Questions to ask when determining the sampling universe are:

When did the provider join the practice?

Has this been a recent acquisition and/or is this is a new service or service line added recently?

Are there multiple providers involved or one particular provider?

It’s also important for practices and hospitals to identify whether an error is truly a mistake or more egregious and potentially an intent to defraud the government. Mistakes will happen, no one is perfect; the most important thing is how the practice or facility responds when an issue is discovered. This may be a good time to reach out to internal/external legal counsel. Note that even if you discuss the matter under attorney client privilege (ACP), any data analytics and information that have already been obtained is discoverable. It depends on the situation as to whether a situation should be put under ACP. Some practices want everything discussed and discovered under ACP and others prefer full disclosure.

  1. Coding compliance policy and procedure – All health information management, coding, compliance, and billing departments should have written policies and procedures that designate who will assign the medical coding. Policies should also describe who will append modifiers, when necessary, and what the process will be to carry these actions out. Are the billers allowed to append modifiers or does the encounter need to be returned to coding so they can append the modifier if the documentation supports it?

To ensure proper code selection, all personnel who hold a position where they will be selecting or reviewing medical coding should be certified by an accrediting body. It’s equally important to provide continuing education opportunities for individuals who hold this position because codes and guidelines are updated frequently.

  1. Screening for individuals excluded from the federal healthcare programs – Every healthcare entity performs background checks; however, some have not fully understood the importance of screening for those individuals who have been excluded from the federal healthcare programs (e.g., Medicare). If an excluded individual has been involved with the care of patients, even running their labs, all the monies received for that care must be refunded. One of the sites you can check for excluded individuals is https://exclusions.oig.hhs.gov.

The OIG recommends healthcare entities screen all new hires, as well as check the national databases on a monthly cadence to identify excluded providers who may not have been in the federal databases when the person was first hired. Healthcare entities should also keep a log (either electronically or on paper) of these monthly checks as evidence. Should an issue occur, this record will prove that you performed due diligence.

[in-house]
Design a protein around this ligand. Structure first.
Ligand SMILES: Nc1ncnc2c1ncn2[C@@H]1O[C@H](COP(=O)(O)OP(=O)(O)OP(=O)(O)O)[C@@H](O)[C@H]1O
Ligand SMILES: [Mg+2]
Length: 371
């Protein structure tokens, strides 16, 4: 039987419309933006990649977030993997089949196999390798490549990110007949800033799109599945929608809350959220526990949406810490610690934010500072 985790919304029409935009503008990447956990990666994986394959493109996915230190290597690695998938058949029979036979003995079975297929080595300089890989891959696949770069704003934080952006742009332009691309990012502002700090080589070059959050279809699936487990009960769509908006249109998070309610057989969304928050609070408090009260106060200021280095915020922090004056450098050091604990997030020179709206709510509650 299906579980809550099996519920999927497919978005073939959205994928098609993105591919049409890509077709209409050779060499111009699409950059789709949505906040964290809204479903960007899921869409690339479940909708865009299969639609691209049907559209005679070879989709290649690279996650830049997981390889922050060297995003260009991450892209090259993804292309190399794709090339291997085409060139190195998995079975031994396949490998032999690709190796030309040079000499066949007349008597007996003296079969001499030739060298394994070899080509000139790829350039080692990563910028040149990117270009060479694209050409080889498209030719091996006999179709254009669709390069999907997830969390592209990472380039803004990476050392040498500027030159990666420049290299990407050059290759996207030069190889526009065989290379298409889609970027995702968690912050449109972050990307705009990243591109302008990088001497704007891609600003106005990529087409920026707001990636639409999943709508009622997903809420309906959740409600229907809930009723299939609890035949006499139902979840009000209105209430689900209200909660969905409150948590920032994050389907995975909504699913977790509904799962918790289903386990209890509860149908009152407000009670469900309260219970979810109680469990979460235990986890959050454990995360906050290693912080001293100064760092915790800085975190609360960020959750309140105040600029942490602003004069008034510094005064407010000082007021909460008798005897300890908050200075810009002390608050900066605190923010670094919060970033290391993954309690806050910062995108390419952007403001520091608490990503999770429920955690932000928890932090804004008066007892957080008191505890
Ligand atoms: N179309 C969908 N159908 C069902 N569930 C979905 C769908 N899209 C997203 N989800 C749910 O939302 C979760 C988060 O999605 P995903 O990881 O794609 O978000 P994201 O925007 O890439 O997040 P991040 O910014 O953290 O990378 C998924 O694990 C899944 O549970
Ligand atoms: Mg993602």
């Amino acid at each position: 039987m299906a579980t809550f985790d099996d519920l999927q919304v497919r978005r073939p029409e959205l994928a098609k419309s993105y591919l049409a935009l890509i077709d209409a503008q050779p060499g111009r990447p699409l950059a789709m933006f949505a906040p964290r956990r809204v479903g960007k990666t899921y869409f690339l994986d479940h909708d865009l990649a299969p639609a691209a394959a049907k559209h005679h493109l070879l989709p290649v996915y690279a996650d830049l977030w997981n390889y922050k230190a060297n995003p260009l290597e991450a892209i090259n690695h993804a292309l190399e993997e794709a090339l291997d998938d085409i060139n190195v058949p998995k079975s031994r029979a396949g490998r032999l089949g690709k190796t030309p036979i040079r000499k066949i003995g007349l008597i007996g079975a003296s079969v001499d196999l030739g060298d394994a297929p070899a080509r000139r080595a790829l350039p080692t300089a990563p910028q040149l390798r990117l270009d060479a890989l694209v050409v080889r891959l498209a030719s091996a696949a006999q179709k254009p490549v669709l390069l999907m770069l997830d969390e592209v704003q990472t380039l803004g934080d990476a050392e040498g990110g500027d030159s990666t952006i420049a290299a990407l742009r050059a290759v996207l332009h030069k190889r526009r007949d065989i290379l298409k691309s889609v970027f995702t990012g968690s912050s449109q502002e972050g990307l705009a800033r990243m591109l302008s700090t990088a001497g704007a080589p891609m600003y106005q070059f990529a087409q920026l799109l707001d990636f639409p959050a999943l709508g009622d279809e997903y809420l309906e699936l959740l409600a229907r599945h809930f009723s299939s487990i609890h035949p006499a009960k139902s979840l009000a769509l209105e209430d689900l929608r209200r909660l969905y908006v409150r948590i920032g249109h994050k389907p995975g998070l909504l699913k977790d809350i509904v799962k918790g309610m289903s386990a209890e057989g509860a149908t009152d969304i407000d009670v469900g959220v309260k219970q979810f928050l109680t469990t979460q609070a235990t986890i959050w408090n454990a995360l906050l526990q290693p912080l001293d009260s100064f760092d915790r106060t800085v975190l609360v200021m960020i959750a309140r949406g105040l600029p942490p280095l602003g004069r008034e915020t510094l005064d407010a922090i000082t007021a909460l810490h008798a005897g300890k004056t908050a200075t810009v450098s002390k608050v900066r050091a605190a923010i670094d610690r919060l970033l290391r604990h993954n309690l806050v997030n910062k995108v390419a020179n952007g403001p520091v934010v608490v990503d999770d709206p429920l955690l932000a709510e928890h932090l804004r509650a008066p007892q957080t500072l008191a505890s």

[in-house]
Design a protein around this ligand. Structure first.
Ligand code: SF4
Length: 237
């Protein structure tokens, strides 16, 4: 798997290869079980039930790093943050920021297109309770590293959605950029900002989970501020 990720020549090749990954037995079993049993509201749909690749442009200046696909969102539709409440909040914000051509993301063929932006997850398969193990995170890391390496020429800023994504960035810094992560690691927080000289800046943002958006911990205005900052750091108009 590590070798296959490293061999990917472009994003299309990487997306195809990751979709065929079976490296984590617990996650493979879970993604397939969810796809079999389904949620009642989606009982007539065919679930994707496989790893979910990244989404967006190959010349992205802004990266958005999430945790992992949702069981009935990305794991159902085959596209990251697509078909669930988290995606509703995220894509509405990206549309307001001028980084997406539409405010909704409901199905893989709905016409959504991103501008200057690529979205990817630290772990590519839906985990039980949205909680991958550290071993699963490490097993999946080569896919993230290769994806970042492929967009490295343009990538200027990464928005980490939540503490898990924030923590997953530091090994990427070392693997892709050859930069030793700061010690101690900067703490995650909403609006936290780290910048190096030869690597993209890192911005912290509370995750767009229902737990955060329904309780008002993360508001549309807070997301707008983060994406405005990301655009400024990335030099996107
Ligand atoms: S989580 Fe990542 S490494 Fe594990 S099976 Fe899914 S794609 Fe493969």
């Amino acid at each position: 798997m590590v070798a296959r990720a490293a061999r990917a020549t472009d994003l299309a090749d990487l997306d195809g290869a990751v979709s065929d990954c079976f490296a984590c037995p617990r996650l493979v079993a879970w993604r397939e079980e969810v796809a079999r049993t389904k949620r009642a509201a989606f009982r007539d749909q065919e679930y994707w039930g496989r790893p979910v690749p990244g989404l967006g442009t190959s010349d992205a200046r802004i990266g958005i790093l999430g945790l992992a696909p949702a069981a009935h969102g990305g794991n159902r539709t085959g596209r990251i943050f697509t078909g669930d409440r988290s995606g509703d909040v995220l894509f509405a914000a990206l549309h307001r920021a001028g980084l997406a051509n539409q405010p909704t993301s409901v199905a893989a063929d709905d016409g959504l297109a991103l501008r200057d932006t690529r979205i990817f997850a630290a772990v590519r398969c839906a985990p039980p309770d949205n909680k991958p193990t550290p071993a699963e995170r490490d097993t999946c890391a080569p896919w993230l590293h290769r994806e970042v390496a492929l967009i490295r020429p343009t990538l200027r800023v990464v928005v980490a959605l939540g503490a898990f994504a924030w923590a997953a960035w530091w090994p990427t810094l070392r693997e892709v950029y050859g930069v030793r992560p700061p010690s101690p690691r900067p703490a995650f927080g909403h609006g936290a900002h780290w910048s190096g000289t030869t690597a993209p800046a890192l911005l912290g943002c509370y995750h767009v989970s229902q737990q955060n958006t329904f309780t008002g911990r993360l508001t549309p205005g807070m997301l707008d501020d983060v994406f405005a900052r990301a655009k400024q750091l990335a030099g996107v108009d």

Should you discover an excluded provider, consult your legal counsel for next steps. These steps should also be outlined in the compliance policy. One recommendation is to stop billing claims for patients with which this provider has potentially been involved or encountered. While there are some instances where an excluded individual can be employed, the OIG has been clear about the positions they cannot hold in a healthcare entity.

An excluded individual is not prohibited by the OIG from owning a healthcare entity participating in a federal healthcare program. The individual must own less than 5 percent of the entity and cannot hold a management or administrative position within the organization, however, or face the possibility of civil monetary penalties.

Scraping the Surface

The first of the OIG’s seven elements of an effective compliance program is probably the hardest. Once that is done, you can work on the other six steps:

  1. Designate a compliance officer and compliance committee.
  2. Conduct effective training and education.
  3. Develop effective lines of communication.
  4. Conduct internal monitoring and auditing.
  5. Enforce standards through well-publicized disciplinary guidelines.
  6. Respond promptly to detected offenses and undertake corrective action.

Although only certain healthcare providers are required to adopt compliance programs, the OIG recommends all healthcare entities make compliance plans a priority.

Source:  https://www.aapc.com/blog/87915-top-4-compliance-policies-and-procedures/